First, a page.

4. Wheezing or a whistling sound that occurs while breathing is common if the airways become swollen or blocked.

Other symptoms of COPD may include:

  • Fatigue, depression and anxiety.
  • Weight loss.
  • Enlarged chest (also called “barrel chest”).
  • Too little oxygen can cause COPD clients to have a bluish color to their skin, lips, and nails.
  • Headache, irritability, and problems thinking and learning.

10 Client Care Tips

There is no cure for COPD. But, there are some things you can do to help. Here are a few tips for improving the quality of life of your clients with COPD.

1. Watch your clients when they use their inhalers. It’s important that they know how to use them properly. Using an inhaler seems simple, but you would be surprised at how may people forget to take off the cap! Let your supervisor know if you think they may be using them wrong.

2. Ask to see your client’s inhaler. If you notice a “powder” around the hole where the medicine comes out, the inhaler needs to be cleaned. Clean the canister by removing the medication canister from the mouthpiece and rinsing the mouthpiece and cap in warm water. It’s best to do this in the evening so the mouthpiece can “air dry” overnight.

3. If your clients have portable oxygen units, make sure they know exactly how much oxygen they have so that they don’t run short during an outing. It’s very important not to smoke near oxygen. Encourage your clients and their family members not to smoke at all.

4. Try not to let your clients with COPD do too much in one day. Help your clients do their most important chores or activities first-when they have the most energy. And, suggest that your clients sit for as many activities as possible. Believe it or not, sitting uses 25% less energy than standing.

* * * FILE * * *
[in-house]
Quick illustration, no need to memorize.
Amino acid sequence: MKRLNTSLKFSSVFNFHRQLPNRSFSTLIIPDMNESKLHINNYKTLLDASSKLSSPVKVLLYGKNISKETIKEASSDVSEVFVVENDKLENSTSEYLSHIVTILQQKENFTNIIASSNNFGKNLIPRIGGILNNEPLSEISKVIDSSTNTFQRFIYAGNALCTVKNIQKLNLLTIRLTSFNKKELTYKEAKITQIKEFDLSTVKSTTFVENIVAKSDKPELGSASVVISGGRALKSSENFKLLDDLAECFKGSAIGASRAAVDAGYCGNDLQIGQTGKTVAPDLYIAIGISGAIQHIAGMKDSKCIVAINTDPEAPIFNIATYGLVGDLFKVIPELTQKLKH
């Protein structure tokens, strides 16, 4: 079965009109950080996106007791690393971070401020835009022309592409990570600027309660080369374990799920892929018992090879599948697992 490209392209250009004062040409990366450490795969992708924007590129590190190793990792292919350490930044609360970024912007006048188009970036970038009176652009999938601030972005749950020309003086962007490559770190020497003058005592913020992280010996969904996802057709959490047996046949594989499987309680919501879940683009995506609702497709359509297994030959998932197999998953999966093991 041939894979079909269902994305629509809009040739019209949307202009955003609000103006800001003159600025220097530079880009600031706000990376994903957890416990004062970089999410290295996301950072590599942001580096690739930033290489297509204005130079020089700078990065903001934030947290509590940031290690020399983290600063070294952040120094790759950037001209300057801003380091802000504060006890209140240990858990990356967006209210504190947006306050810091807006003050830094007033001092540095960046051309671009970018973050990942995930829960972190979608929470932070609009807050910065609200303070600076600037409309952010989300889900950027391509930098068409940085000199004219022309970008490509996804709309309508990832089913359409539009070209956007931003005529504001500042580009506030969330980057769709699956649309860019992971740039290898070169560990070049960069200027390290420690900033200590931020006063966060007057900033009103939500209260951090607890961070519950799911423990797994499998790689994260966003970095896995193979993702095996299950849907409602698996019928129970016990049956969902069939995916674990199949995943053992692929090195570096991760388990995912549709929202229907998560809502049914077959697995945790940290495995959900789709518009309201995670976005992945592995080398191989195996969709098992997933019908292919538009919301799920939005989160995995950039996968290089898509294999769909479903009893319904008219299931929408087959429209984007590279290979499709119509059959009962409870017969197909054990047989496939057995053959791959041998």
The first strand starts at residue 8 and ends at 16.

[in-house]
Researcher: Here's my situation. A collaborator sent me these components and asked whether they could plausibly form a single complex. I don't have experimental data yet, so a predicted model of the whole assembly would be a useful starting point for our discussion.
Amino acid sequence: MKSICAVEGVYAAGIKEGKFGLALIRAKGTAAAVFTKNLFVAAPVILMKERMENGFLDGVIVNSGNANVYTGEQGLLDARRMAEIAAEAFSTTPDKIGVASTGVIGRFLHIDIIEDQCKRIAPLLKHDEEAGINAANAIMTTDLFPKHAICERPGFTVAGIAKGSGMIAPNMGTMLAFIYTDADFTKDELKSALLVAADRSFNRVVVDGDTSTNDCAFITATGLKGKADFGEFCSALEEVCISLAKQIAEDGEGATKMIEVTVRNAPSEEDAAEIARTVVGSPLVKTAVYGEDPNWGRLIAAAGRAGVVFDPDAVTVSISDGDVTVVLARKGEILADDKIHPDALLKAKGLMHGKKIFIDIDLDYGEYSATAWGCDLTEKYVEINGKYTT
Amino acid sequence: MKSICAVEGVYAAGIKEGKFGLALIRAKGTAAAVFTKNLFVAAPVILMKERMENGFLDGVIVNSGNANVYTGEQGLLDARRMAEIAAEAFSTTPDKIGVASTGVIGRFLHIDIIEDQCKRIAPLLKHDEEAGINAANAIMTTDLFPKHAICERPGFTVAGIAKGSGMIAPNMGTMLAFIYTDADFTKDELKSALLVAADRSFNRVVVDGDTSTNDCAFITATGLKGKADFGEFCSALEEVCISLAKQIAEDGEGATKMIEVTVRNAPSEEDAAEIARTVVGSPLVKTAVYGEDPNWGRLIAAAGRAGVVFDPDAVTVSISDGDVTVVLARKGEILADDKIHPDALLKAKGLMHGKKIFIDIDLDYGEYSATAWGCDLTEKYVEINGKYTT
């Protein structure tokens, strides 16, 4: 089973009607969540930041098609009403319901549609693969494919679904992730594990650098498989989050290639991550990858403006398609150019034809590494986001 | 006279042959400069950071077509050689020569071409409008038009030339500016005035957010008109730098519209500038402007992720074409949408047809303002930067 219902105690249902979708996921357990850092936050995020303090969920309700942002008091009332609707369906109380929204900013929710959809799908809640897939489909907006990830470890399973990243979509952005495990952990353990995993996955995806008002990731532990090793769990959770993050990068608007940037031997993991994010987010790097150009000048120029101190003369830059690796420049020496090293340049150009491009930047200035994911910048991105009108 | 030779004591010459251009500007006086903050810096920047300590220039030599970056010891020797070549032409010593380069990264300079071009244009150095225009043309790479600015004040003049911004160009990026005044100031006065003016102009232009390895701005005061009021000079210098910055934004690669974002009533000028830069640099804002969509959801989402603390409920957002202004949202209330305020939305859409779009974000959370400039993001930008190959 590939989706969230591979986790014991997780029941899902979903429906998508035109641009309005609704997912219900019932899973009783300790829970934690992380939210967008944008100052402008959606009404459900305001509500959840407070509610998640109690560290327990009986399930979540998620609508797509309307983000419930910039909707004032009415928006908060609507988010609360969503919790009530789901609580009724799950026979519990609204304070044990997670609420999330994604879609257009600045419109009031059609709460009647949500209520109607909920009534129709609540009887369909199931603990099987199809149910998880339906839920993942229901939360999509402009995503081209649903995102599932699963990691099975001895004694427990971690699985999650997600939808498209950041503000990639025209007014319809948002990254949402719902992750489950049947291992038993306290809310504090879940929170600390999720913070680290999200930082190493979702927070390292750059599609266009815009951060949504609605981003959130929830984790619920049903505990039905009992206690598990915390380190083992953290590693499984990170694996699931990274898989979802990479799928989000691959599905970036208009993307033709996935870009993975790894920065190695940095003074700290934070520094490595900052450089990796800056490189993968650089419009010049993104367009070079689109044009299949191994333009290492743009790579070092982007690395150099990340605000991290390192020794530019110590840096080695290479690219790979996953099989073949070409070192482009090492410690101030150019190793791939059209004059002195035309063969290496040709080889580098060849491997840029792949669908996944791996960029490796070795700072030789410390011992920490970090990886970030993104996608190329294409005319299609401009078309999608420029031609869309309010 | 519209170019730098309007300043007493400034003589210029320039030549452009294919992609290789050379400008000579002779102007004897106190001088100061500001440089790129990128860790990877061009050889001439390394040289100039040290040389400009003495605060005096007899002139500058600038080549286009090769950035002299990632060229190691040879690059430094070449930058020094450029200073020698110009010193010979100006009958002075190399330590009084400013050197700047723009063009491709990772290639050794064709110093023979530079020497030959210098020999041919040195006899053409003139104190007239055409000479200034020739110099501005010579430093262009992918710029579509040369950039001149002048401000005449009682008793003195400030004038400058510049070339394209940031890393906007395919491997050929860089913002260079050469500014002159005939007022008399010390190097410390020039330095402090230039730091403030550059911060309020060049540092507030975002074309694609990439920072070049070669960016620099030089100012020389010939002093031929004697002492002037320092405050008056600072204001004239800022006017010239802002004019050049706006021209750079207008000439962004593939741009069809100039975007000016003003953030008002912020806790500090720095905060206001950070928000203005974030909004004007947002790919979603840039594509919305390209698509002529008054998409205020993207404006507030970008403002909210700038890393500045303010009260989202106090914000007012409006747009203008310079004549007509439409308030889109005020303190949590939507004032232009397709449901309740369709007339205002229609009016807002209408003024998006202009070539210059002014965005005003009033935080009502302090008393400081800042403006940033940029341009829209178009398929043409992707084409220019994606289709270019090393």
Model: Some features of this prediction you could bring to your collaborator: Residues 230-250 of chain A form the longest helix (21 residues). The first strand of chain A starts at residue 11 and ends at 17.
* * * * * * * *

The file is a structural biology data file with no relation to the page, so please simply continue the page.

5. Remind your clients to avoid air pollution. Encourage them to remain indoors if the air quality is poor. Even low amounts of ozone can worsen respiratory diseases.

6. If your clients experience shortness of breath during mealtimes, you can suggest that they: eat several small meals instead of three big ones; rest before eating; eat slowly and chew foods well; breathe evenly when chewing; take plenty of time to eat; and avoid hard to eat foods.

7. Staying hydrated is important, too. Encourage your clients to drink plenty of fluids. This is a good way to keep the mucus loose so that it can be brought up by coughing.

8. Avoid wearing strong perfumes or using strong-smelling cleaning fluids around clients with COPD.

9. Many people with COPD also have allergies or asthma. If your clients suffer from allergies, try to be aware of the things that bother them-such as house dust, pollen, strong odors, cigarette smoke and pets. Help them avoid these allergy “triggers”.

10. Remember…encourage your clients and their family members not to smoke. Tell them that over one million smokers successfully quit the habit each year. Of course, it isn’t easy to quit. Most smokers make five attempts to stop before they actually do it. But, there are plenty of products on the market to help, such as nicotine patches, nicotine gum, nicotine nasal spray, and nicotine inhalers. Offer praise and support when your clients quit smoking. (And be a good example yourself by not smoking!)